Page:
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Bobby Kotick thinks that Activision’s games aren’t the place for “political views”

2 min read
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This comes mere weeks after the release of Call of Duty: Modern Warfare, which many of you might have noticed, was rather political.

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Bobby Kotick, CEO of Activision Blizzard, isn’t really a man who enjoys the spotlight being shone directly onto him. He doesn’t give interviews all that often and hardly ever makes public appearances to talk about his company. That being said, Activision Blizzard hasn’t exactly had a great year thus far, what with being embroiled in arguably 2019’s biggest controversy in the gaming industry. Following the controversial banning of professional Hearthstone player Chung “Blitzchung” Ng Wai after voicing his support for the Hong Kong protests, Activision Blizzard hasn’t exactly been in the public’s good books for their questionable political stance. Appearing on CNBC last night, Bobby Kotick spoke a little about how he thinks gaming and politics should intersect.

According to him, they shouldn’t.

In response to the statement that the public is looking to business leaders and industry professionals regarding a variety of subjects such as “Hong Kong,” and “Democracy,” Kotick responded by saying, “We’re not the operator of the world’s town halls. We’re the operator of the communities that allow you to have fun through the lens of a video game. My responsibility is to make sure that our communities feel safe, secure, comfortable and satisfied, and entertained…That doesn’t convey to me the right to have a platform for a lot of political views, I don’t think. I think my responsibility is to satisfy our audiences and our stakeholders, our employees, our shareholders.”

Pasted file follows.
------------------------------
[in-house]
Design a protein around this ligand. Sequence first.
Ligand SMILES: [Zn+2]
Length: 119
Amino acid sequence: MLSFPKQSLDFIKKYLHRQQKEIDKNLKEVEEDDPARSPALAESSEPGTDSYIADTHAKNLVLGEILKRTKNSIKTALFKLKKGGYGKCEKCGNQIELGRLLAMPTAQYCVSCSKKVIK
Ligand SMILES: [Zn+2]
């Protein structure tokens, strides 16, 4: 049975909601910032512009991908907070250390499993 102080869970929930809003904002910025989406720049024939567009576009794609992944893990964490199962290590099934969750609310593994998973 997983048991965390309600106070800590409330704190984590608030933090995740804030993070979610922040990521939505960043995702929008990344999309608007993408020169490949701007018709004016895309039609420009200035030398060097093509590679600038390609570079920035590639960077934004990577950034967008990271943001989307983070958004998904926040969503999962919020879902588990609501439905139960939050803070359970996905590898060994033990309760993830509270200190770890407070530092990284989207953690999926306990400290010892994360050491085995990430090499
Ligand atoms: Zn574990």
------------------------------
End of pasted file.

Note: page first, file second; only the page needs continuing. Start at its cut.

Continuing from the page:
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Which, sure, it is his job to satisfy all those groups. Yet in personalising the question, he doesn’t really answer the broader question of his company’s political actions or decisions. This response comes not only after the banning of Blitzchung but also following the misrepresentation of the “Highway of Death”, a war crime committed by the United States military that was instead turned into a Russian act of violence in Call of Duty: Modern Warfare. So while Bobby Kotick says that his platform isn’t the place to represent political views, I think that Activision Blizzard’s actions this year have proven otherwise.

Last Updated: November 21, 2019

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